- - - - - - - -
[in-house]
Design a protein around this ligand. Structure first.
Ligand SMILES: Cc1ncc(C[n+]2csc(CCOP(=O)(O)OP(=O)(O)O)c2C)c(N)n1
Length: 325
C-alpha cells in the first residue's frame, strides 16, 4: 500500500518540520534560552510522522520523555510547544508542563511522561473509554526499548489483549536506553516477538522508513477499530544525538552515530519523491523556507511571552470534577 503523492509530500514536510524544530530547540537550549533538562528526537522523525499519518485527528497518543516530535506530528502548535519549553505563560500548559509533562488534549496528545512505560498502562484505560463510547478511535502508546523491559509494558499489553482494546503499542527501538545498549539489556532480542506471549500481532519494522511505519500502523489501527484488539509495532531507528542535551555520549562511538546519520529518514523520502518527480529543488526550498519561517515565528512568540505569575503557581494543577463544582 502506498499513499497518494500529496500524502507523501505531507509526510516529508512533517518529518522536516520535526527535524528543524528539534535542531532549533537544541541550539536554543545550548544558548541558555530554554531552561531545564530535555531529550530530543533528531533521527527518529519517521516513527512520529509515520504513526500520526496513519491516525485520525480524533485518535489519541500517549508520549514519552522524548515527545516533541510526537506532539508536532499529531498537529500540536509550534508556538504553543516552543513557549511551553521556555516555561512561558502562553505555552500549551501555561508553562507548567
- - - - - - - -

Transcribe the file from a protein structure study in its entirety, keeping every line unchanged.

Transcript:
[in-house]
Design a protein around this ligand. Structure first.
Ligand SMILES: Cc1ncc(C[n+]2csc(CCOP(=O)(O)OP(=O)(O)O)c2C)c(N)n1
Length: 325
C-alpha cells in the first residue's frame, strides 16, 4: 500500500518540520534560552510522522520523555510547544508542563511522561473509554526499548489483549536506553516477538522508513477499530544525538552515530519523491523556507511571552470534577 503523492509530500514536510524544530530547540537550549533538562528526537522523525499519518485527528497518543516530535506530528502548535519549553505563560500548559509533562488534549496528545512505560498502562484505560463510547478511535502508546523491559509494558499489553482494546503499542527501538545498549539489556532480542506471549500481532519494522511505519500502523489501527484488539509495532531507528542535551555520549562511538546519520529518514523520502518527480529543488526550498519561517515565528512568540505569575503557581494543577463544582 502506498499513499497518494500529496500524502507523501505531507509526510516529508512533517518529518522536516520535526527535524528543524528539534535542531532549533537544541541550539536554543545550548544558548541558555530554554531552561531545564530535555531529550530530543533528531533521527527518529519517521516513527512520529509515520504513526500520526496513519491516525485520525480524533485518535489519541500517549508520549514519552522524548515527545516533541510526537506532539508536532499529531498537529500540536509550534508556538504553543516552543513557549511551553521556555516555561512561558502562553505555552500549551501555561508553562507548567